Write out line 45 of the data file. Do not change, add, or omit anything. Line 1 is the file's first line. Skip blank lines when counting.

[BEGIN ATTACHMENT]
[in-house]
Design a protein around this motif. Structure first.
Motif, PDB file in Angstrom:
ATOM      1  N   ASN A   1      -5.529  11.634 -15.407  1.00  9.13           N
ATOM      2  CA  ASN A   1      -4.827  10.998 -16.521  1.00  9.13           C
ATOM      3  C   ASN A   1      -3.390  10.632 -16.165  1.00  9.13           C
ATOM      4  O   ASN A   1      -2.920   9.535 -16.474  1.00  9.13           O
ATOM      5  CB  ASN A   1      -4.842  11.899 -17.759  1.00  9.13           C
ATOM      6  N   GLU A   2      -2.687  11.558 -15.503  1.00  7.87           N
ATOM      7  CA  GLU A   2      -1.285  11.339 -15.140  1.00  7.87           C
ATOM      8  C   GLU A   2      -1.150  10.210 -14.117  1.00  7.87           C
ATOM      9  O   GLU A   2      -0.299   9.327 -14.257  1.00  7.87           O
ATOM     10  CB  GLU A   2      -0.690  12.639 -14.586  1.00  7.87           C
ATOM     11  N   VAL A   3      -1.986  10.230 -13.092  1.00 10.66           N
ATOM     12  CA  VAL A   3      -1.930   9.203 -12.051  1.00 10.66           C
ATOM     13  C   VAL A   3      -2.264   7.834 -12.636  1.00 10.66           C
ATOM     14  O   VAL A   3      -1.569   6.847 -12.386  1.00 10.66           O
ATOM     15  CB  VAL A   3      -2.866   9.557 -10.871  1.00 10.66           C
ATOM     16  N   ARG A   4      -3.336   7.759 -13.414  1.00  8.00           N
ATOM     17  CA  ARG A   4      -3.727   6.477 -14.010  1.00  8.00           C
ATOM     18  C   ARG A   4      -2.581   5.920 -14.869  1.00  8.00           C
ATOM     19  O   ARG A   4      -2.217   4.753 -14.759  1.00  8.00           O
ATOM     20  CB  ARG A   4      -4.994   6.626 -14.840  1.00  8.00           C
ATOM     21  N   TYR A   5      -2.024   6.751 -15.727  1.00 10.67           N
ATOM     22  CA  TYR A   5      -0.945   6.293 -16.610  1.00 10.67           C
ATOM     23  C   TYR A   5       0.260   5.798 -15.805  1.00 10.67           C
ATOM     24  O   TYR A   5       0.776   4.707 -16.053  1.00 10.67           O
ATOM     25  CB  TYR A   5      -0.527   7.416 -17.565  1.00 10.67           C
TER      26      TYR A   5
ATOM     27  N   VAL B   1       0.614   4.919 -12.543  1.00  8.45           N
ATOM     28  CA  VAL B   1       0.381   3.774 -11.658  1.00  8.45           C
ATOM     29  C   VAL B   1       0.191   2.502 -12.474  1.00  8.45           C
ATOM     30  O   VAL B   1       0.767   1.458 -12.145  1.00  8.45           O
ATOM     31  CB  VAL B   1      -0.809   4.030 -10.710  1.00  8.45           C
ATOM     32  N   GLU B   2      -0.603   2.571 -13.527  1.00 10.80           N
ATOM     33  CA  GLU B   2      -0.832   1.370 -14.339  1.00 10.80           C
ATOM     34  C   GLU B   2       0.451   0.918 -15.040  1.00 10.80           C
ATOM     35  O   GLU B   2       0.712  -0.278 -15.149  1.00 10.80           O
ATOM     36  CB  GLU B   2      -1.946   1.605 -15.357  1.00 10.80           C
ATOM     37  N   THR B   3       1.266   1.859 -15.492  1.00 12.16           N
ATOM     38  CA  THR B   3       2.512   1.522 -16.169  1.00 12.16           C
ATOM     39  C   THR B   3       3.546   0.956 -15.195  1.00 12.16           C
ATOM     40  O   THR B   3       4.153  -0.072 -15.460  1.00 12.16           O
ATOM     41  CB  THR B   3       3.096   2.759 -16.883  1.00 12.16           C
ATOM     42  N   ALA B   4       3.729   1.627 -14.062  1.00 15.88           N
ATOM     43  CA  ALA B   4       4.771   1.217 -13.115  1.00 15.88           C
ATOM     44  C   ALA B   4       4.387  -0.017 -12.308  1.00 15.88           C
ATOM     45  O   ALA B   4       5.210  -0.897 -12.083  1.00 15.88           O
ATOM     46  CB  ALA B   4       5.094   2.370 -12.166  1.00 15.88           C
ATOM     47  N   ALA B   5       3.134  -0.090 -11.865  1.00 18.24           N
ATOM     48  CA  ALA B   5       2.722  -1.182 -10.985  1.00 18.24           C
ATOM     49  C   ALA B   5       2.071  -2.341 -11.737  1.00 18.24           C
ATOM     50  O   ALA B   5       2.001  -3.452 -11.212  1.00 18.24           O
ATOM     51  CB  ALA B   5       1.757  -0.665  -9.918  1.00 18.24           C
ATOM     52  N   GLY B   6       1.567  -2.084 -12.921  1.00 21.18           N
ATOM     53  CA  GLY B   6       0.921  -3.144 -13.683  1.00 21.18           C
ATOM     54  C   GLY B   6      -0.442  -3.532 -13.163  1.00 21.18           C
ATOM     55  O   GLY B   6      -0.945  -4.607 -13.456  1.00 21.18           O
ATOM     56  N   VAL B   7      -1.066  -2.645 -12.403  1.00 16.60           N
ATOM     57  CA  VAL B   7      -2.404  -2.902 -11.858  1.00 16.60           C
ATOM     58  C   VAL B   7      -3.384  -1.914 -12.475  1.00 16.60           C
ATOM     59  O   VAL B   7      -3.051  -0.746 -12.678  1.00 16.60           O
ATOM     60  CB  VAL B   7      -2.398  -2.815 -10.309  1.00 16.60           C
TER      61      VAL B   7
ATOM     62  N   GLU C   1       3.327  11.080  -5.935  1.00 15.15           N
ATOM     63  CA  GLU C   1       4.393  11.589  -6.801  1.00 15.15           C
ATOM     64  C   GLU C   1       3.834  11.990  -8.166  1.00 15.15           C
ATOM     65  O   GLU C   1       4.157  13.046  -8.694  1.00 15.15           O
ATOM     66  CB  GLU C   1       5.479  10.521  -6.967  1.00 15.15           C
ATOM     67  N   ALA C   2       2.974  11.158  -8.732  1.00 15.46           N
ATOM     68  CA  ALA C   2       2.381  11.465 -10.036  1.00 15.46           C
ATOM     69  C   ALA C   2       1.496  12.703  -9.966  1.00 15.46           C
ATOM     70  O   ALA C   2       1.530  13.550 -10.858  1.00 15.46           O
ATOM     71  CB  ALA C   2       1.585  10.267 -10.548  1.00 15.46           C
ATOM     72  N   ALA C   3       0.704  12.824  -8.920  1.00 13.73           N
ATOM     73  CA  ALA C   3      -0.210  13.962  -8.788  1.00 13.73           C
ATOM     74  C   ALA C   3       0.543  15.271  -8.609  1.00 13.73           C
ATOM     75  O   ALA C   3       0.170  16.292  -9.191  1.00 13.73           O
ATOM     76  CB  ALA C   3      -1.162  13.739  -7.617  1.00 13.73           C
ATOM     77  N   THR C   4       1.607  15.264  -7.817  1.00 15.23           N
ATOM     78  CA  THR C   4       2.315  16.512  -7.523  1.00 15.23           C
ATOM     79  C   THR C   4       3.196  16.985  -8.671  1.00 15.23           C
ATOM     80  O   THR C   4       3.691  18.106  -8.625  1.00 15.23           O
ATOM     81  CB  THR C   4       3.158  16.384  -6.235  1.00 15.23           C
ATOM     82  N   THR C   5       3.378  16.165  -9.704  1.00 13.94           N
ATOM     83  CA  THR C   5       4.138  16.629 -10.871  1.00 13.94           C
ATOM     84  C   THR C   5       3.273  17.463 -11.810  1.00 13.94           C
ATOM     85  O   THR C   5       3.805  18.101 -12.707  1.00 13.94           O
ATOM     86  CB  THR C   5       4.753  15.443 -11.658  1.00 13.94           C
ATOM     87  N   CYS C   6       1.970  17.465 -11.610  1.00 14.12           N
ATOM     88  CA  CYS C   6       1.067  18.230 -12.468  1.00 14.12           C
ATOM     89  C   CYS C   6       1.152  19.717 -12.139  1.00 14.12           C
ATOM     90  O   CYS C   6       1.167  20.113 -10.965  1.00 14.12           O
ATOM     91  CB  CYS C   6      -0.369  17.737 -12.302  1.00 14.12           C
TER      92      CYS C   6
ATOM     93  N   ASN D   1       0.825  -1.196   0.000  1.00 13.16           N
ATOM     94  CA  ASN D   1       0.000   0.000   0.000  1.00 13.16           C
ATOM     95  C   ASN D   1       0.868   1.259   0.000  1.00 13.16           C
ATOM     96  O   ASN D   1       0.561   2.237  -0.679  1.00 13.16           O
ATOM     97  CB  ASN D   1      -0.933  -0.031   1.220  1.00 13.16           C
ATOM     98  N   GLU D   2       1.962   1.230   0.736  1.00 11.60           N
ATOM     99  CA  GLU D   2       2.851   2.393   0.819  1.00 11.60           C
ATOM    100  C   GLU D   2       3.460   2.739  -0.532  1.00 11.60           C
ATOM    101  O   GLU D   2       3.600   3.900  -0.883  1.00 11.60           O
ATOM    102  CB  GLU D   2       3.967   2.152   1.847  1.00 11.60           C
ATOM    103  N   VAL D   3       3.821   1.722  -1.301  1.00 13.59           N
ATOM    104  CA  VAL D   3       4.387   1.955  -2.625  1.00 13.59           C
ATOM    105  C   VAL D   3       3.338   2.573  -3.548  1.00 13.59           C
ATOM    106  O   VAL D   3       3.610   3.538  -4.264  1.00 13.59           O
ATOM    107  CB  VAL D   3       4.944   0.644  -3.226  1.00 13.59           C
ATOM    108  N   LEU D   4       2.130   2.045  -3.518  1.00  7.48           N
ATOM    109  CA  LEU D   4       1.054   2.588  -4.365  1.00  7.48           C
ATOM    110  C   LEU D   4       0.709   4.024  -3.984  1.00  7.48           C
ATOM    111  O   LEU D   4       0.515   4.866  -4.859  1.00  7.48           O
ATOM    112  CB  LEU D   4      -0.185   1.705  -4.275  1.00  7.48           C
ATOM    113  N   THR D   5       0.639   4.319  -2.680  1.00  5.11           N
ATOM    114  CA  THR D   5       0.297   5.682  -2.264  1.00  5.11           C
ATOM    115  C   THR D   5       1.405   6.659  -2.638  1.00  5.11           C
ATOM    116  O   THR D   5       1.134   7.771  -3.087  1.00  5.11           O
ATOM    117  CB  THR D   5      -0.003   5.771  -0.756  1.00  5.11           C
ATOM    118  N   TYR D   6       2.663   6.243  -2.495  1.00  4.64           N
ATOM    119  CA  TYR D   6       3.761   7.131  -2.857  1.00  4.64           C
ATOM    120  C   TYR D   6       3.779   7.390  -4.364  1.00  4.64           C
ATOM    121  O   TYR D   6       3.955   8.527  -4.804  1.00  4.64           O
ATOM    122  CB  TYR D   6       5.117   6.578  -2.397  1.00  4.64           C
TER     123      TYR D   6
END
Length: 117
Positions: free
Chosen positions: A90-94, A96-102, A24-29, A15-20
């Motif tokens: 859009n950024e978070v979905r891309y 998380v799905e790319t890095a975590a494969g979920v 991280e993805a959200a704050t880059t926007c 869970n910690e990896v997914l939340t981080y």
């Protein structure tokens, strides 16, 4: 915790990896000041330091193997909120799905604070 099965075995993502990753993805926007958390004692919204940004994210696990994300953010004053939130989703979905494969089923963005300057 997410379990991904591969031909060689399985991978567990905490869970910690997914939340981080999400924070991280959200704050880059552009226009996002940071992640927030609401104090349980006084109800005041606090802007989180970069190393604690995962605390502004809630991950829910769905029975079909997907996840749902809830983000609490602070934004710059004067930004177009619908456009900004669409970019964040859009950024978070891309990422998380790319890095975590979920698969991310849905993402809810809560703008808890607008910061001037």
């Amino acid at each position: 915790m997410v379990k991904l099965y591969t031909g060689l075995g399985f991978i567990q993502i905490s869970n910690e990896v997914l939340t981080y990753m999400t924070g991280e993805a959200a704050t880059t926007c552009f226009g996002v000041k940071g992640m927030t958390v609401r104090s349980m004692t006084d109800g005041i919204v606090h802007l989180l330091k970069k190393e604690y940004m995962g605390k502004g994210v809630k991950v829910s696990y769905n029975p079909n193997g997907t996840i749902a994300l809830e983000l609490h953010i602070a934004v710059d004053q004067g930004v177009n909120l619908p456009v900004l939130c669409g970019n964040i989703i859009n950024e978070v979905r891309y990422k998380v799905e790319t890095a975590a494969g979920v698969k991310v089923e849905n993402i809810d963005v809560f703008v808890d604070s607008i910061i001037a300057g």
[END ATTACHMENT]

ATOM     42  N   ALA B   4       3.729   1.627 -14.062  1.00 15.88           N